Organizers of the Robot and Technology Expo are gearing up for the seventh year of fun and learning for kids of all ages.
The expo will take place from 9 a.m. to 3 p.m. March 17 at Mineral Area College's Bob Sechrest Field House on the Park Hills campus.
Youth and their families have a chance to participate in robotic competitions, technology challenges and hands-on demonstrations. Anyone with an interest in technology is welcome to bring their family and explore the many offerings. There is no admission fee.
Once again, attendees will be able to observe VEX Robotics competitions for students in middle and high school. Students arrive at MAC each year to showcase their robot building and programming skills.
Ann Boes, event founder and director, also serves as director of the event's organizing group, 4-H Lab:Revolution.
Explaining that many technology-based workshops and exhibits are offered at no cost to the general public, she said, "We're excited to have some new quadcopters this year. People can come out and fly the quadcopters from the state 4-H office."
Boes also recommended experiencing the new Google Virtual Reality Experience for anyone wanting to add a little excitement to their life. In addition to the VEX robotics competition, there has also been a Robot Sumo Challenge added to this year's competitions.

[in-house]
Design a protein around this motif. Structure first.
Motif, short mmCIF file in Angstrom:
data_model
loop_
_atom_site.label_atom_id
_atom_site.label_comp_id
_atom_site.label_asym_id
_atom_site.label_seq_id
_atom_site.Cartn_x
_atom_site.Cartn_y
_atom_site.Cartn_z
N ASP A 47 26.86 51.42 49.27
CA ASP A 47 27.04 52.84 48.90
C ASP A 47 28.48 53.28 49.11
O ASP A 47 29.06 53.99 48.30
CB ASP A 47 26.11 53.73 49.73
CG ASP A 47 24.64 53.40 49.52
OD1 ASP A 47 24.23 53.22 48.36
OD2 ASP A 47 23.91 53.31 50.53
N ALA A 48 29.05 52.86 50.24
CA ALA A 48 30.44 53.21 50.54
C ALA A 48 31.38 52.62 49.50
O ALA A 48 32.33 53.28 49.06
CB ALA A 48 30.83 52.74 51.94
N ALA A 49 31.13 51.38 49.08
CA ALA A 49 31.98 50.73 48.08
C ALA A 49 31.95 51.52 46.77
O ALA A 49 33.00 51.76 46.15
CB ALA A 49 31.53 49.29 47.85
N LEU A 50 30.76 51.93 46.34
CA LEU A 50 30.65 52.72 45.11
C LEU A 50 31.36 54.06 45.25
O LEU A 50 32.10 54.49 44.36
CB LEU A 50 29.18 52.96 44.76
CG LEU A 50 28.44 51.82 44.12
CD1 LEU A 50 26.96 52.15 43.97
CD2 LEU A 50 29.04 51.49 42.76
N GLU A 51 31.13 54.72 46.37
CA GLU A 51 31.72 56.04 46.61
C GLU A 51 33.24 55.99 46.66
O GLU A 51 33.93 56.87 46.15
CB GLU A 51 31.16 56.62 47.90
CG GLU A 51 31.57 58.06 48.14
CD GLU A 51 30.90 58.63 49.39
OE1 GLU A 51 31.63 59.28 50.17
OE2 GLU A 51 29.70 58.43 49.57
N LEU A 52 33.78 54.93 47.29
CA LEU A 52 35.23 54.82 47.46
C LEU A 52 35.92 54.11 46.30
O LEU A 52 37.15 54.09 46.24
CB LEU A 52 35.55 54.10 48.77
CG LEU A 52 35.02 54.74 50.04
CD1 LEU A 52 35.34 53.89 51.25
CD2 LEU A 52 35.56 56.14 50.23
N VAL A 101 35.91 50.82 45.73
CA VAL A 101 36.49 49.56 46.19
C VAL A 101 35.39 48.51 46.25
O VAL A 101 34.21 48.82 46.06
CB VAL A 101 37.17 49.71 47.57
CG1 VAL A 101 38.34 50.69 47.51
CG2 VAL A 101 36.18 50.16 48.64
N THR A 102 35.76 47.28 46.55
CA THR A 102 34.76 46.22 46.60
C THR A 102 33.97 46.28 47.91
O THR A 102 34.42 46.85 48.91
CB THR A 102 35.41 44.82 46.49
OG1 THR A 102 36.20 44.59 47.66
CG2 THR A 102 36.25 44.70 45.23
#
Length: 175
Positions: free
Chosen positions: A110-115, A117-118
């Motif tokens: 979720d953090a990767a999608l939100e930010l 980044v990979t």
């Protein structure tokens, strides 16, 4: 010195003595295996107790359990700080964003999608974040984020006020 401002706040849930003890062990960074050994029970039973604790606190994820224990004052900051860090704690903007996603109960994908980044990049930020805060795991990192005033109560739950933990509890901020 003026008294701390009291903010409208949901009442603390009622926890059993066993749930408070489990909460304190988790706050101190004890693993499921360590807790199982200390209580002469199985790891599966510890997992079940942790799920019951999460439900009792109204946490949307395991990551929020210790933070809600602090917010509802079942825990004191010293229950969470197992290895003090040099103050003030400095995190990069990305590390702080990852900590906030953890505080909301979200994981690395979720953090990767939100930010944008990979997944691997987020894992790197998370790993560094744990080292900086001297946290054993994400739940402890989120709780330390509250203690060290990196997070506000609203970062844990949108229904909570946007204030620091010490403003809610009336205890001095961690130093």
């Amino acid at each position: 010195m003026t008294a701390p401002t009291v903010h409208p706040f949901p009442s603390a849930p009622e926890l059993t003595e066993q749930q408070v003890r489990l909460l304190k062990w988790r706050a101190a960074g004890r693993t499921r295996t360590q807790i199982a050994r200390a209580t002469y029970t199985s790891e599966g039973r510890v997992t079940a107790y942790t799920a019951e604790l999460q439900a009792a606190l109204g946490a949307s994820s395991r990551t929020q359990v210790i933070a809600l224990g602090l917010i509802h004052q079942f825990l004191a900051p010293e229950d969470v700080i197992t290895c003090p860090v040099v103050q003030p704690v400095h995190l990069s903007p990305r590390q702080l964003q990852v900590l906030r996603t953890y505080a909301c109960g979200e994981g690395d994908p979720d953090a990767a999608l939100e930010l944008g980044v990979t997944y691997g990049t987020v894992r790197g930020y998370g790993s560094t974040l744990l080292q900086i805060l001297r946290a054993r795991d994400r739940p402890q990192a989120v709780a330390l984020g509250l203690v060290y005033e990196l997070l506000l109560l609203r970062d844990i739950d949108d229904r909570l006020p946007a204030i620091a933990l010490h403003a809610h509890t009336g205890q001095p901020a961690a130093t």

This premier Mineral Area robotics and technology event has grown from a couple of robotic competitions and a few demonstrations into an event where a family can spend an entire day having fun.
For students who enjoy computer coding, there is a Scratch competition, as well as a Virtual NXT programming lab. There will also be plenty of hands-on activities for children as young as 3 years of age at the Lego and Robotix building areas.
Family members of all ages will find mind stimulating activities and demonstrations, as well, such as the Family and Friends Interactive Technology Challenge, Lego Build Competition, individual robot exhibitions, TED Talks mini-theater, 3D printing challenge, Arch Reactor Hackerspace, Robomo Robots and Zagros Robotics.
In past events, there have been as many as 48 teams from four states sign up for VEX, with the majority coming from Missouri. Competitors have to be flexible as every year the game changes. This year's game is called "In The Zone." The two teams place their robot in an arena where they complete a series of timed tasks that involves moving small plastic yellow cones to designated spots for various point values.
"Somebody attending the event for the first time may hear lots of cheering around the robot playing fields," Boes said. "All of the noise should not lead them to think that the expo is only about competition robots."
The robotics Education & Competition Foundation (RECF) is the non-profit organization that operates the competitions on behalf of VEX and other companies. More information is available at the RECF website.